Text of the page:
Does baseball have an umpire problem? Is the tension worsening between umpires and players and managers, as Detroit manager Jim Leyland would have us believe? Uh, no.Yankees fans are very familiar with the disaster known as Joe West, so I don't think this article will come as a surprise to you. But shouldn't Major League Baseball do something about these knuckleheads? To paraphrase a line from a young Michael Jackson, one bad apple shouldn't spoil the whole bunch, and if it is, how about throwing that apple away? MLB would be doing everyone--the players, the fans, and the rest of the umpires--a huge service if they would just fire West and the rest of his horrible horrible umpiring crew.
Welcome to summer, when the weather and tempers heat up. We did see 16 ejections in the first five days of July, so people assumed the state of umpiring was worsening. Ah, the power of the small sample.
But look at the first half of the season. While it's true that ejections through June were up for a second straight year, they were 18 percent below ejections through June from 2008. Things in recent years are much better than they used to be with the men in blue. Take a look at the table at right, which shows year-by-year ejections through June over the past eight seasons:
The "problem" is that a disproportionate amount of attention to umpiring recently has come from the crew of Joe West, which includes the equally controversial Angel Hernandez. Guess what crew caused Leyland to bemoan the rising tension? Yep, it was Cowboy Joe's crew. Guess which crew has ejected the most players, coaches and managers this year? Yep, Cowboy Joe's crew. And guess which crew caused Texas manager Ron Washington to be as blunt as you'll ever hear a big league manager in discussing an umpire? ("Angel is just bad. That's all there is to it.") Yep, Cowboy Joe's crew.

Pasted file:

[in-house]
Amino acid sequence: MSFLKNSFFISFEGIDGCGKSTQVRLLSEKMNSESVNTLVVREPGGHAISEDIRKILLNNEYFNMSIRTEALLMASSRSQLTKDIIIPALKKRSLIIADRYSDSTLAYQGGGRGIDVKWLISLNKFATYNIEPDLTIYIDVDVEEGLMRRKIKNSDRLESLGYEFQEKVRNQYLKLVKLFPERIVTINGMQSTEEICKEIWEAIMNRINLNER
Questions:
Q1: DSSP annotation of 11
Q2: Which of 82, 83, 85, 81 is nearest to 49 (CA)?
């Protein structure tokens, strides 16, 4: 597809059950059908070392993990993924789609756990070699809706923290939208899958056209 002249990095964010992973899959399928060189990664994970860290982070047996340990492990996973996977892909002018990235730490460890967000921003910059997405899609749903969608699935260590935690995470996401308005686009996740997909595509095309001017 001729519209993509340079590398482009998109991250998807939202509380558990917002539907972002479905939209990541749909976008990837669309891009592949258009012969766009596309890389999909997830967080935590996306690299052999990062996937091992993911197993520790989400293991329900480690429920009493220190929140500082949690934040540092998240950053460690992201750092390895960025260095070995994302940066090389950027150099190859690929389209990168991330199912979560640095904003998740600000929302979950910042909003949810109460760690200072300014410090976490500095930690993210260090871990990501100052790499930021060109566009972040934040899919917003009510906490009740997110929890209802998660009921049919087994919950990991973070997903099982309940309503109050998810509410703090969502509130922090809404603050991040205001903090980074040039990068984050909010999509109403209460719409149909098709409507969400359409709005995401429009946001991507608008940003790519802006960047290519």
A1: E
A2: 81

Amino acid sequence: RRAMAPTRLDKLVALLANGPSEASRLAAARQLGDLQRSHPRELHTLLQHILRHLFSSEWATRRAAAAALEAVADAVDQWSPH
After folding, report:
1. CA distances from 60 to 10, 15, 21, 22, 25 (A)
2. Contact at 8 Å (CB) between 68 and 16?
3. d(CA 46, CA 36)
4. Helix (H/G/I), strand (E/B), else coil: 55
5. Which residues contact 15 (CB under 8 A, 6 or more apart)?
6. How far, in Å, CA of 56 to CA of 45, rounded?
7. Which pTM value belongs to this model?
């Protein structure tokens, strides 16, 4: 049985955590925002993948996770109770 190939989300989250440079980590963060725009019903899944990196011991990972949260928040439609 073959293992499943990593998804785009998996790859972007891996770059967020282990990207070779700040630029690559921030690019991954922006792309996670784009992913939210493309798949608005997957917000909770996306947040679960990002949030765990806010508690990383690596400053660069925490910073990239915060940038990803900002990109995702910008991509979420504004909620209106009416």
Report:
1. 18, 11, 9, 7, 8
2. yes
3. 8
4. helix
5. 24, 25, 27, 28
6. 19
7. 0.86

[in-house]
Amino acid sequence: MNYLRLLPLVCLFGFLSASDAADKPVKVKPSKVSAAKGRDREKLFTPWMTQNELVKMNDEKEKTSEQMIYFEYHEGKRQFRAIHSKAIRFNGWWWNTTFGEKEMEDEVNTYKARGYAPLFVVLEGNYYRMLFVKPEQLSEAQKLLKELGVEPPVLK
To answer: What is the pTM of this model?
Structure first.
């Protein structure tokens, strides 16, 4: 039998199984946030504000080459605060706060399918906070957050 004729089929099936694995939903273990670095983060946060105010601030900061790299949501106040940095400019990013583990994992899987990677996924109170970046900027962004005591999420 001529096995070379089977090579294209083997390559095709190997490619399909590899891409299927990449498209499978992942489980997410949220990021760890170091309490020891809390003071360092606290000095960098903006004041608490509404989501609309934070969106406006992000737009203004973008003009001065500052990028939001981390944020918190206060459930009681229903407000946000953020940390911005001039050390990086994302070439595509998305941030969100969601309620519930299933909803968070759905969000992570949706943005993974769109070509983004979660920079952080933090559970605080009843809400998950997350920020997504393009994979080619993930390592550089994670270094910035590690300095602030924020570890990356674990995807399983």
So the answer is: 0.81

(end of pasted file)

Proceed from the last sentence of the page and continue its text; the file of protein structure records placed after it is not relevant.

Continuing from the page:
Most of the umpires do an amazing job every night. West and Hernandez have been in a spate of high-profile incidents recently. Fairly or not, they have developed reputations for being combative. (Hernandez's "boxing out" of Leyland, for instance, while Leyland was arguing with West, was unnecessary.) Baseball is always better when you don't notice the umpires.
Friday, July 8, 2011
From Tom Verducci: